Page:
Iranˈs IAEA Envoy: Technical talks inclusive of all remaining issues

81107114-5600531Third round of Iran-six world powersˈ talks which started in Vienna Thursday afternoon is inclusive of entire remaining issues which are to be addressed in final comprehensive agreement, Iranˈs envoy in UN nuclear watchdog said.
Iranˈs IAEA Envoy: Technical talks inclusive of all remaining issues
Reza Najafi who is a member of the Iranian team of technicians in talks with the so-called 5+1 Group (the UN Security Council big 5 plus Germany, also known as the E3+3 and the P5+1) made the comment in an interview with IRNA at the end of the first session of this third round of talks in Vienna late Thursday night.

ˈTodayˈs meeting, which had begun at 2 pm, Vienna time took six hours and both sides put forth their viewpoints and stands quite clearly and precisely,ˈ he said.

Najafi said that this round of talks is in fact the follow-up phase of the previous round held in March at foreign ministriesˈ managing directorsˈ level.

ˈIn technical talks the viewpoints are exchanged on the details of the issues which are agreed to be discussed so that the two sidesˈ stands would come closer to each other,ˈ he said.

In this round of Iranˈs nuclear negotiations with the world powers Hamid Baˈeidinezhad, the managing director of the Iranian Foreign Ministryˈs Political and International Affairs Office is the head of the Iranian negotiation team and Stephen Clement, the EU foreign policy chief Catherine Ashtonˈs secretary leads the six world powerˈs group.

Najafi said that the broad range of issues discussed in this round of talks include such matters as enrichment, nuclear cooperation and the different types of imposed sanctions.

According to him the next session of this 3rd round of talks will begin at 9:30 am, Friday morning in Vienna.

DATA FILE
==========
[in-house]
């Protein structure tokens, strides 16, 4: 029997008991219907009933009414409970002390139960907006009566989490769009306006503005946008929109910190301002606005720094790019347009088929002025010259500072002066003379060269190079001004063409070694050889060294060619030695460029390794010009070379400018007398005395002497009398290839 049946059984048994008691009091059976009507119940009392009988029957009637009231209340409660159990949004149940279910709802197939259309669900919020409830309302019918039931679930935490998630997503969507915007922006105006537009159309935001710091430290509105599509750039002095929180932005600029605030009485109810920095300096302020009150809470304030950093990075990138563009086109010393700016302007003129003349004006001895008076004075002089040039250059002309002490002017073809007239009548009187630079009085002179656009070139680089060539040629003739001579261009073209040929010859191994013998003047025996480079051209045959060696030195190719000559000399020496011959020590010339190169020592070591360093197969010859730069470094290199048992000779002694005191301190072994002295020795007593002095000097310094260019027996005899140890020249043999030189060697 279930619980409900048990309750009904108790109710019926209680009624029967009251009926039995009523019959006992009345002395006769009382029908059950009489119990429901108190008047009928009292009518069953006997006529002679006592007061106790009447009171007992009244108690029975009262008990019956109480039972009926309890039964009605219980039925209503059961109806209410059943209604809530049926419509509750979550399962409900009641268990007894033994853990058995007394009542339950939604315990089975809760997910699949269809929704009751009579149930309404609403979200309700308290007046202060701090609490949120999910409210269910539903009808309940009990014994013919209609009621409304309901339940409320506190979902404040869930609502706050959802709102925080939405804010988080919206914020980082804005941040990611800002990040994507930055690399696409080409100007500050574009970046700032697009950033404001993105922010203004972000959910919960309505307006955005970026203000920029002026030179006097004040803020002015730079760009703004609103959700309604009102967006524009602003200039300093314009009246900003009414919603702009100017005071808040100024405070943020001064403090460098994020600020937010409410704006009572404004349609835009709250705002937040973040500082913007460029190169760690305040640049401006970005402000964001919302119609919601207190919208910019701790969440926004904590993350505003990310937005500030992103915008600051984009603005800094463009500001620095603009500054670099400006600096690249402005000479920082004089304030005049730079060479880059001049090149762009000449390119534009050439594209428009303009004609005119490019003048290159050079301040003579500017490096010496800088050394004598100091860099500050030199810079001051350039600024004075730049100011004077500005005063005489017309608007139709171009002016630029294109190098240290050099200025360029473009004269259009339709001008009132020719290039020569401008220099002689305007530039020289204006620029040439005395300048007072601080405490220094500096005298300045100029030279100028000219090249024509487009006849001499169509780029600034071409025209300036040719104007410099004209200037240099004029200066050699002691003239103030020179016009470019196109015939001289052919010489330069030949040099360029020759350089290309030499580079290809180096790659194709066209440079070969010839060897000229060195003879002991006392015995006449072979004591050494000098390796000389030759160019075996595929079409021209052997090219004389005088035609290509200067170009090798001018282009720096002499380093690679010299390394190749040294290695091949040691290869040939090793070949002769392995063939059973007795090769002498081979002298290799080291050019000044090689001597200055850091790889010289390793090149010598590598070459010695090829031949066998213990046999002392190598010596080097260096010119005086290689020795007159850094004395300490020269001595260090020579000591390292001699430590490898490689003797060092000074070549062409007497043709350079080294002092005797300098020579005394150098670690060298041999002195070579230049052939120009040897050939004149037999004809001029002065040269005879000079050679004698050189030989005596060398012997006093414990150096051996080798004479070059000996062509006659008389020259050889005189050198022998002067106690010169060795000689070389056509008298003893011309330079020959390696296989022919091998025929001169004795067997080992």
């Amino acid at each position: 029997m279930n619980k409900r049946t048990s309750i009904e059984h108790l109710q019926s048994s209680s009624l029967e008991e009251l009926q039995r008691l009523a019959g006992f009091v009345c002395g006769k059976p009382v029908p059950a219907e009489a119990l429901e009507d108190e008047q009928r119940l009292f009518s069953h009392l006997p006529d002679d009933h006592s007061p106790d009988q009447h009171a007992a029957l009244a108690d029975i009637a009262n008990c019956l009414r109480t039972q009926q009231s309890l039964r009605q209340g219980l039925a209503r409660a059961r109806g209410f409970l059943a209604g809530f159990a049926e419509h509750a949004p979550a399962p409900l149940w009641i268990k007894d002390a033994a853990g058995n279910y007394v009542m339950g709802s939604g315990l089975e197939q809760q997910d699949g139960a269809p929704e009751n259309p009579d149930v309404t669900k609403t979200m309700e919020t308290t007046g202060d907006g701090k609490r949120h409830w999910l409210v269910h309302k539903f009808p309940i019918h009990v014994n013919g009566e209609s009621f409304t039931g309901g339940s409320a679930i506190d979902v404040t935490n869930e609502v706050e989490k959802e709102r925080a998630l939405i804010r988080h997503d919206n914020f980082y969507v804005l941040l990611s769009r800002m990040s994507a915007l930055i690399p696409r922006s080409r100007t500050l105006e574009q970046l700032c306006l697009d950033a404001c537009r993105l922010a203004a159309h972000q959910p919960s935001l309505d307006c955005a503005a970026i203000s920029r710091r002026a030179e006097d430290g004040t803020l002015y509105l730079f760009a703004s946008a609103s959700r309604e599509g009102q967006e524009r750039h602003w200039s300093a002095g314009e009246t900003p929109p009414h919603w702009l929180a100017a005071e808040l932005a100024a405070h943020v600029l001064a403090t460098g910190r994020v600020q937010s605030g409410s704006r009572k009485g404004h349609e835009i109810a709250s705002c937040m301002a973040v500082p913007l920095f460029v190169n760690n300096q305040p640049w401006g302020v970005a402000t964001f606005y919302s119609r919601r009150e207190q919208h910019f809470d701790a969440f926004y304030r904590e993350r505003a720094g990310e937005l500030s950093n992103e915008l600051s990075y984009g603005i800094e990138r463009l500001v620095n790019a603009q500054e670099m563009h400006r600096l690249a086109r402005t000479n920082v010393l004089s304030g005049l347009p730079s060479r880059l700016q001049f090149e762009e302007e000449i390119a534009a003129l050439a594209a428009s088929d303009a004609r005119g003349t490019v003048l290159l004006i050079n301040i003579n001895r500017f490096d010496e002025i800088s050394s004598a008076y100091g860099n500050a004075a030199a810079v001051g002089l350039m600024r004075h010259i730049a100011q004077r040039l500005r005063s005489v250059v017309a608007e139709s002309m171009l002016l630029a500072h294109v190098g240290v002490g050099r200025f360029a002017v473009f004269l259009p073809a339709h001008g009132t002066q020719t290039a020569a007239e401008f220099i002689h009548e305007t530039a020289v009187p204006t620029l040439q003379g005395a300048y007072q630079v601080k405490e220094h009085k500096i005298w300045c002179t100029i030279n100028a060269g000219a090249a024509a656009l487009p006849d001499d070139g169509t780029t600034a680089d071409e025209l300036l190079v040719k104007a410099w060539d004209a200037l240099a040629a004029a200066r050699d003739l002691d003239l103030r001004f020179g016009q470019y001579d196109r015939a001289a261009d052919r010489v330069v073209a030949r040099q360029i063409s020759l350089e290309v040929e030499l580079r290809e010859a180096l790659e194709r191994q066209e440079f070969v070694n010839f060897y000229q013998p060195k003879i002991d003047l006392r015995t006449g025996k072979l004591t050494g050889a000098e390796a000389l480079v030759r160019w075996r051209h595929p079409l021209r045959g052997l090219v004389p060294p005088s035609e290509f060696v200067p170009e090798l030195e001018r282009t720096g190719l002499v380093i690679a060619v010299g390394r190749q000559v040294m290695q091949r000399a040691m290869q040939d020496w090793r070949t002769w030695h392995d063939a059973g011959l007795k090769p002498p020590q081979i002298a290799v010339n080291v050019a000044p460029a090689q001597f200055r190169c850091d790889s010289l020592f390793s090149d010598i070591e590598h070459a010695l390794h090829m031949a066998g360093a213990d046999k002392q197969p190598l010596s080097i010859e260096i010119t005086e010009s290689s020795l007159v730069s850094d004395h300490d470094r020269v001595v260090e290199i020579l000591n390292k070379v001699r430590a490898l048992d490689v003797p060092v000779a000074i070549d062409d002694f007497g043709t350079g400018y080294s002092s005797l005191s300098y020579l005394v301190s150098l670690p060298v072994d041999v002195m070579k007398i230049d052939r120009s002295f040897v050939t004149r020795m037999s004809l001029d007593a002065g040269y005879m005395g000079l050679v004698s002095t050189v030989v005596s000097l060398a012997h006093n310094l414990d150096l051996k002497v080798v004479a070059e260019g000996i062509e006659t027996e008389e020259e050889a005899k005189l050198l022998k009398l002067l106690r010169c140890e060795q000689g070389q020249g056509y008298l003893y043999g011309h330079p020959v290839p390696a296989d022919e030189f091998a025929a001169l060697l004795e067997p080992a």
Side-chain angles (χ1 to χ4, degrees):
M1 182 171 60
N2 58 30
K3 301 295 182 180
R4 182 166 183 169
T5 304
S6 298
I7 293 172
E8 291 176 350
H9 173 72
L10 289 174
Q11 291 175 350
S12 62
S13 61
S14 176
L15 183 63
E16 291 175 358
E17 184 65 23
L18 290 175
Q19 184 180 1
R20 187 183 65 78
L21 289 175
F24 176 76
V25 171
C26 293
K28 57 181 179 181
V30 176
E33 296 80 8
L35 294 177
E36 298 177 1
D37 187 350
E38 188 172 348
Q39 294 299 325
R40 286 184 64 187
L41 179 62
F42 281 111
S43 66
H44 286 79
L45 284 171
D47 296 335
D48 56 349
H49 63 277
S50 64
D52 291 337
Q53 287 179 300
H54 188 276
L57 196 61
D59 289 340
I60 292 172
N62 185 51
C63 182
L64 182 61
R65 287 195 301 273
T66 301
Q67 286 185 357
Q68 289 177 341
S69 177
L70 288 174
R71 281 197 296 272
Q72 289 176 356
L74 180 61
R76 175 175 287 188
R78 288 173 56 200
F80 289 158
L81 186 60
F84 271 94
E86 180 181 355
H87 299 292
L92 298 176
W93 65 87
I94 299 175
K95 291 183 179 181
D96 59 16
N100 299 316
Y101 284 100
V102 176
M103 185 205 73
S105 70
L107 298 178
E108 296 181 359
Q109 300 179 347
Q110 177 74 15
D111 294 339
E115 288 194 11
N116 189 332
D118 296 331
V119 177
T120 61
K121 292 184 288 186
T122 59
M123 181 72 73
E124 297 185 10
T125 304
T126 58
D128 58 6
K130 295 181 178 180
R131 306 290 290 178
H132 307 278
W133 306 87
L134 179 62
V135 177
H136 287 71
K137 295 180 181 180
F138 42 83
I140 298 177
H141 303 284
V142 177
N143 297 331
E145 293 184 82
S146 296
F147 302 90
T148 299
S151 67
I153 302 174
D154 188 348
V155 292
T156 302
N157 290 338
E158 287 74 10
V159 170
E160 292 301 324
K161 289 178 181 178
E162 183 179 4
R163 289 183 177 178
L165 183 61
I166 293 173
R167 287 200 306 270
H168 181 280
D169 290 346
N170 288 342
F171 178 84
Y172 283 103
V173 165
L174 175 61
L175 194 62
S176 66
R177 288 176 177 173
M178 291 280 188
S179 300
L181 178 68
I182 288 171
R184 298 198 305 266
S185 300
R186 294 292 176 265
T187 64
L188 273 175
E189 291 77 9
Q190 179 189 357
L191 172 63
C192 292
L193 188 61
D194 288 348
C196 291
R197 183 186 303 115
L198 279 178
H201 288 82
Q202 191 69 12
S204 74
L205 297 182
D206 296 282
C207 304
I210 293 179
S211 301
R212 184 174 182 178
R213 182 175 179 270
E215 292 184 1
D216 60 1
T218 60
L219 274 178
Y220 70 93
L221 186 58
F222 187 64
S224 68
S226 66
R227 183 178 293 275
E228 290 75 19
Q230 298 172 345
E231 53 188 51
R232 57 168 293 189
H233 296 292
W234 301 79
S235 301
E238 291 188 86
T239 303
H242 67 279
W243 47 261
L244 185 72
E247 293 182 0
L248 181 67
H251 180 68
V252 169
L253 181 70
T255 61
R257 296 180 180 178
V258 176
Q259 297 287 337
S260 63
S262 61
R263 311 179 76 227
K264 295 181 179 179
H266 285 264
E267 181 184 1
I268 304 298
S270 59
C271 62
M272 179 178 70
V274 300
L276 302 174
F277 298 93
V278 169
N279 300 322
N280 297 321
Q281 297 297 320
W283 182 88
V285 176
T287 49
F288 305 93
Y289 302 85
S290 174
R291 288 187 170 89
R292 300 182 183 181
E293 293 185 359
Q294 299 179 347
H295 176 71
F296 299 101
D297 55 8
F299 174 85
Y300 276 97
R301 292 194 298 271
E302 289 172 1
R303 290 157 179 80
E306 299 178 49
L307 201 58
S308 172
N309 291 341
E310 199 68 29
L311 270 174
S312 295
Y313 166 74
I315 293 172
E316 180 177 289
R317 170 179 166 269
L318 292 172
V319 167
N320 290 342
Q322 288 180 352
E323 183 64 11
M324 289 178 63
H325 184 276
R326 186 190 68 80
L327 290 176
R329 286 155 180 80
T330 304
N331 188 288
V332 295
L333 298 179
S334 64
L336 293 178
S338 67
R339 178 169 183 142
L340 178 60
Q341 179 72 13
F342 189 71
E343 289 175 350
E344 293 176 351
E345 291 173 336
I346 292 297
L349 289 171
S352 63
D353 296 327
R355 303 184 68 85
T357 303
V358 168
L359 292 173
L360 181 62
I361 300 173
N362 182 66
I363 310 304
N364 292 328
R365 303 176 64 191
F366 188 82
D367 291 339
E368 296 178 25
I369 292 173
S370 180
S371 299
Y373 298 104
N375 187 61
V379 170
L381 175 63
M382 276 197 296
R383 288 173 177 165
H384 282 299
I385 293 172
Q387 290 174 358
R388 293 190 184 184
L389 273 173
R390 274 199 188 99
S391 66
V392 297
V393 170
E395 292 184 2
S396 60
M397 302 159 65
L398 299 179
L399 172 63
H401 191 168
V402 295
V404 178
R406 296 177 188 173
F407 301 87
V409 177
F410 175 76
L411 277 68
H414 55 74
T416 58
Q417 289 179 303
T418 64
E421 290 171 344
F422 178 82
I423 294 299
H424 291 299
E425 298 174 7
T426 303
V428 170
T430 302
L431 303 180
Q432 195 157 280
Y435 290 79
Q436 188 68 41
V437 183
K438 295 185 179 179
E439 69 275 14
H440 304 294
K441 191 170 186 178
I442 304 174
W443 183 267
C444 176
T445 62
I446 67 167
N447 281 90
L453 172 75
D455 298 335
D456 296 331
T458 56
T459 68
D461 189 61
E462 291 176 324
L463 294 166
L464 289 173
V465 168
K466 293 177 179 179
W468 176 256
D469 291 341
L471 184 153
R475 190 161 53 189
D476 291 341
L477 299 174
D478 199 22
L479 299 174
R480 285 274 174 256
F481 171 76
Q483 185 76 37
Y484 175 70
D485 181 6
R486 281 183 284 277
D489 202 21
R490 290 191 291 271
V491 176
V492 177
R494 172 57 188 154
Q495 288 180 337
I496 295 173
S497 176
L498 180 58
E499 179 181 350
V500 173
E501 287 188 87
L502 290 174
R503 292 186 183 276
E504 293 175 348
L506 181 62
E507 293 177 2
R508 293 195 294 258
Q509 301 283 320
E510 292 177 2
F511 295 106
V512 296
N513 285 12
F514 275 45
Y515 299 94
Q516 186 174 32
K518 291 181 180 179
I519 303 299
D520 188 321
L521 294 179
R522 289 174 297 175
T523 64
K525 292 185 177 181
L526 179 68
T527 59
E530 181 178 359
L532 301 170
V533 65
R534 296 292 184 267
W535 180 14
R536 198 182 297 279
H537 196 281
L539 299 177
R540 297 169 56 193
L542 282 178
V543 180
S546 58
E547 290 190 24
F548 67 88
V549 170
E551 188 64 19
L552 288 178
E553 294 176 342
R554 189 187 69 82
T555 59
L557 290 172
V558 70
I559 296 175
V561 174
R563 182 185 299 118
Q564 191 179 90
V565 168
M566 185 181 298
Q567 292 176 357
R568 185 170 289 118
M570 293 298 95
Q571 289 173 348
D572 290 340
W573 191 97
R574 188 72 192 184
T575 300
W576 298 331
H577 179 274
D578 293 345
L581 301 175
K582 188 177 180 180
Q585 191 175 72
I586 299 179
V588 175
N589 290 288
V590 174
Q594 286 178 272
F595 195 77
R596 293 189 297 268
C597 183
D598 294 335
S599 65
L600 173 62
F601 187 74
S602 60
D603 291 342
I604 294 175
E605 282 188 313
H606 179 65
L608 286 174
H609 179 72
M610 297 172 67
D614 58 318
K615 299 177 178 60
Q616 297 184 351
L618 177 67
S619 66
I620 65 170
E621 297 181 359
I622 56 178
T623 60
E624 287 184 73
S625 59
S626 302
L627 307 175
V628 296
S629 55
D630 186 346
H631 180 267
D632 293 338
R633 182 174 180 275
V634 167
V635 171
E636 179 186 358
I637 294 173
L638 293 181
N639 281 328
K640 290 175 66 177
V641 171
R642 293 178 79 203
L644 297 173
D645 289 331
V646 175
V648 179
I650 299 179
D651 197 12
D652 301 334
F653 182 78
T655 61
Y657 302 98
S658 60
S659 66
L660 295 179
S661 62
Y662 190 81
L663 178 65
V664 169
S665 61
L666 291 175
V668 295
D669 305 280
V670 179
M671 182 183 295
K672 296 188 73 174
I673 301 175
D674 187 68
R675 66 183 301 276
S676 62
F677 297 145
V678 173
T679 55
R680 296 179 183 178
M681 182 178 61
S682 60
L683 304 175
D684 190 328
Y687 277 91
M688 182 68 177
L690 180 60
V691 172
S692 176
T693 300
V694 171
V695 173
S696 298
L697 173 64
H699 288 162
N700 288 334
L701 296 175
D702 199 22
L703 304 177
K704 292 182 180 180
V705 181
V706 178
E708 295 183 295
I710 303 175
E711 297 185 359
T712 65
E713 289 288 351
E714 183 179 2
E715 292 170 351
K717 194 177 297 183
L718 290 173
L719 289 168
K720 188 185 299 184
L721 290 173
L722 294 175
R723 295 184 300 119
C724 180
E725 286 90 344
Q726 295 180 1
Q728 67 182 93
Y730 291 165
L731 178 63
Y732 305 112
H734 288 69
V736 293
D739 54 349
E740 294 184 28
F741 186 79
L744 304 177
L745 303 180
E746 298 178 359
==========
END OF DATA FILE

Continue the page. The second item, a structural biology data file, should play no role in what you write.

ˈThe technical talks will be pursued on Friday and Saturday morning and afternoon sessions and the two sides will present the sum up of their conducted discussions to the heads of their teams on Monday,ˈ he said.

According to Iranˈs ambassador in the UN nuclear agency, the Iranian Foreign Minister Mohammad Javad Zarif will visit Vienna next week and on Monday April 7 he will have a working dinner with Ms. Ashton during which the two top diplomats will survey the reports presented to them by their negotiation teams.

On that day and on Tuesday April 8 Zarif and Ashton are expected to sum up those reports and reach a joint agreement on the outcome of the third round of talks.

Iran and six world powers began an expert-level meeting about Tehranˈs nuclear program on Thursday, part of efforts to reach an agreement by late July on how to resolve a decade-old dispute that has stirred fears of yet another Middle East war.

The meeting in Vienna of nuclear and other experts from Iran and the United States, France, Germany, Russia, China and Britain was to prepare for a new round of higher-level negotiations next week, also in the Austrian capital.

A spokesman for European Union foreign policy Chief Catherine Ashton – whose office is coordinating contacts with Iran on behalf of the big powers – confirmed that the meeting had started but gave no details. Officials earlier said they were expected to last until Saturday.

The April 8-9 meeting of chief negotiators – including Ashton and Iranian Foreign Minister Mohammad Javad Zarif – will be the third round of talks at that level since February.

The aim is to hammer out a long-term deal by July 20 that would define the permissible scope of Iranˈs nuclear program in return for a lifting of sanctions.

Both sides have made clear their political commitment to reach a comprehensive agreement.

Iran says its enrichment program is a peaceful bid to generate electricity and has ruled out shutting any of its nuclear facilities and has categorically denied having any nuclear bomb designs, but the West persists on gaining strong practical guarantees on the issue.

In November, Iran and the six nations agreed an interim accord to curb Tehranˈs atomic activities in exchange for some easing of sanctions. The six-month deal, which took effect on January 20, was designed to buy time for talks on a long-term deal within a six month period that can be extended for another six months at most.

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